Kansas Wheat: Evaluating Performance, Making Variety Selections for 2019

    Photo: Kansas State University

    Clearly, the yield potential of a wheat variety is a top priority, but resistance to diseases and insect pests is also an important factor to consider when selecting a wheat variety. This year was definitely a challenge with the 2018 wheat crop, however, many producers are evaluating the performance of their wheat varieties and considering new varieties they should plant here soon.  

    The Wheat Variety Disease and Insect Ratings publication from K-State Research and Extension can help growers identify the best varieties for their farms. The publication also provides helpful summaries to help producers better understand the historical risk of diseases in their area and quickly identify the varieties with the best overall disease resistance. The 2018 KSU Wheat Variety Disease and Insect Ratings publication can be found online or at any of the Post Rock Extension District Offices.

    The Post Rock Extension District had four wheat demonstration test plots in our district, with the Mitchell County plot an official K-State Research and Extension “replicated” plot which simply means varieties were planted multiply times in one specific area of the field. This particular yield report will be listed in the KSU wheat performance booklet.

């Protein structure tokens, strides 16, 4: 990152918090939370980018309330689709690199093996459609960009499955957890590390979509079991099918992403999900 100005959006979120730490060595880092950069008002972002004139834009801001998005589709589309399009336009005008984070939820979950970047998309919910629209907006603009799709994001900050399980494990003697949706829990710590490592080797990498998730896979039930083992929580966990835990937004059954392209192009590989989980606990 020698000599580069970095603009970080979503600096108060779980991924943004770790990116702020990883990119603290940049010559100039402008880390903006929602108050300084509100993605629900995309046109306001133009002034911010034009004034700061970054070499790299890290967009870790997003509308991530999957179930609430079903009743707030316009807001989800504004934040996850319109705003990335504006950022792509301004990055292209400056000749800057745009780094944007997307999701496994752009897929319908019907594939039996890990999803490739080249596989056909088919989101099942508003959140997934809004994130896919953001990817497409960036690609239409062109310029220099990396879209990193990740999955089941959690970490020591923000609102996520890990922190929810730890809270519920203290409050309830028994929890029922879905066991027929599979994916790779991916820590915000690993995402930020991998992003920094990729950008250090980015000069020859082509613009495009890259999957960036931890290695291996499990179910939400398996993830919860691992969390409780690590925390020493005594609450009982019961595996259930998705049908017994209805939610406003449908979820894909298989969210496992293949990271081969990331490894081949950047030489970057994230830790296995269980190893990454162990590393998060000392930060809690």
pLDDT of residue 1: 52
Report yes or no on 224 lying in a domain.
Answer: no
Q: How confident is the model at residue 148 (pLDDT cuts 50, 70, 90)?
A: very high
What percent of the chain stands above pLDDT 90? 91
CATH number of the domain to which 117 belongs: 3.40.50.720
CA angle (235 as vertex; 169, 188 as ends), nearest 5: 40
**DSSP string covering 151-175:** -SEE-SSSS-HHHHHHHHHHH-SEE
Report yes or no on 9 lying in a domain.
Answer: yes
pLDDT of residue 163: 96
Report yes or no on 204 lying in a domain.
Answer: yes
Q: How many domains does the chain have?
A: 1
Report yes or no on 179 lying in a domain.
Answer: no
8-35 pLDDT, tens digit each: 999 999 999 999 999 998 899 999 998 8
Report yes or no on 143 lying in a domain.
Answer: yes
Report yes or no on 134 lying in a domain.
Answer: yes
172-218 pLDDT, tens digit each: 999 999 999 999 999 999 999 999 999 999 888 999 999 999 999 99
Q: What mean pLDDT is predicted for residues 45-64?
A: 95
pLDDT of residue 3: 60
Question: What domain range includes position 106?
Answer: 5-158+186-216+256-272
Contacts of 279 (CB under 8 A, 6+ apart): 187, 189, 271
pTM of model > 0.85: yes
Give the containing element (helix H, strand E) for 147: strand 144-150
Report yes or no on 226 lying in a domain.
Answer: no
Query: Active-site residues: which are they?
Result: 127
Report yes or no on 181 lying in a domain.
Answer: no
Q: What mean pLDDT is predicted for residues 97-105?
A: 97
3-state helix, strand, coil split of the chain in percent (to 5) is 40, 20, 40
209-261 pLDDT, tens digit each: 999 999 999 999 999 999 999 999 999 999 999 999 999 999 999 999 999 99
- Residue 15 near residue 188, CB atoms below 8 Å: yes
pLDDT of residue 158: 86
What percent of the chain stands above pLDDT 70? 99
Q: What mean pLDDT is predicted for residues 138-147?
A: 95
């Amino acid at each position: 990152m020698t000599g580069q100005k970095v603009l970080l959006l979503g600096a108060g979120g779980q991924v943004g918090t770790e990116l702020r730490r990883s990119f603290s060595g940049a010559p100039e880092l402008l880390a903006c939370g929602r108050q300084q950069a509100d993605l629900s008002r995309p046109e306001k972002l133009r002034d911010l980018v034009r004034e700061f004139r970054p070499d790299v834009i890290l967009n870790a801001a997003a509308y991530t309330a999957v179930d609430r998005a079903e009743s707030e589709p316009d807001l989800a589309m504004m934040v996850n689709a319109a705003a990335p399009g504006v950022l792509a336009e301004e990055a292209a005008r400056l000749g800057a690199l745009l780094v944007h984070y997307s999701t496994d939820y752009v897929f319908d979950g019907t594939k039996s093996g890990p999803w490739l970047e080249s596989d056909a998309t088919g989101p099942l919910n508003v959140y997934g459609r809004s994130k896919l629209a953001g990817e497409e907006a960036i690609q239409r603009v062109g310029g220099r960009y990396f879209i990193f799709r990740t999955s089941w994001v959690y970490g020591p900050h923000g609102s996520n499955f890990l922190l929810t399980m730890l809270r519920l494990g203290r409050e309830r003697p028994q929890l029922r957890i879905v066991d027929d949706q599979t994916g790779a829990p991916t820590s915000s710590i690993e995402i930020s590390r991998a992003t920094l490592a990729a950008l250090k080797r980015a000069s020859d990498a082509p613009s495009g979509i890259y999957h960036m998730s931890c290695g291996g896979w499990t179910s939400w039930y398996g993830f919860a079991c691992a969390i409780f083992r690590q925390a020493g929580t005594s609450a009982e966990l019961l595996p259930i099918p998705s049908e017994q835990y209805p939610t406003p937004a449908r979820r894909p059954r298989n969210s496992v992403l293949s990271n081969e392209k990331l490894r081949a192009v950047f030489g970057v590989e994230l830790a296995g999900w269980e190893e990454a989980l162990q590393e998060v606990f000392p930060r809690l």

All of the yield reports are posted on our district website and are available at any of our Post Rock Extension District Offices in Beloit, Lincoln, Mankato, Osborne or Smith Center. Be sure to also look at the K-State Research and Extension experiment field yield reports across Kansas with close fields in Belleville and Hays which are also online or at any of our Post Rock District Offices. If you are looking for an opportunity to participate in our Wheat demonstration test plot program, contact me at any of our Post Rock District Offices.

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    The use of wheat variety blends is also a big question with producers. Blends can offer producers some yield stability in most cases. While any one variety may do much better or worse than other varieties in the same vicinity, having a blend of two or three varieties can usually even out those ups and downs. Using blends also reduces the chances of having a landlord possibly upset because the variety planted yielded considerably less than other fields in the area.

    There are just a few guidelines to remember when using blends. Use varieties with different disease resistance. Although the cost effectiveness of fungicides now may reduce the importance of this factor, there is still value to having at least one natural source of resistance to diseases. Use varieties with slightly different maturities. If producers can spread out the maturity just a bit, there is a better chance that at least one of the varieties can benefit from a given weather pattern.

    Lastly, don’t be afraid to try new varieties in a blend. If you have additional questions on selecting wheat varieties or wheat production contact me at any of the Post Rock Extension District Offices in Beloit, Lincoln, Mankato, Osborne or Smith Center.




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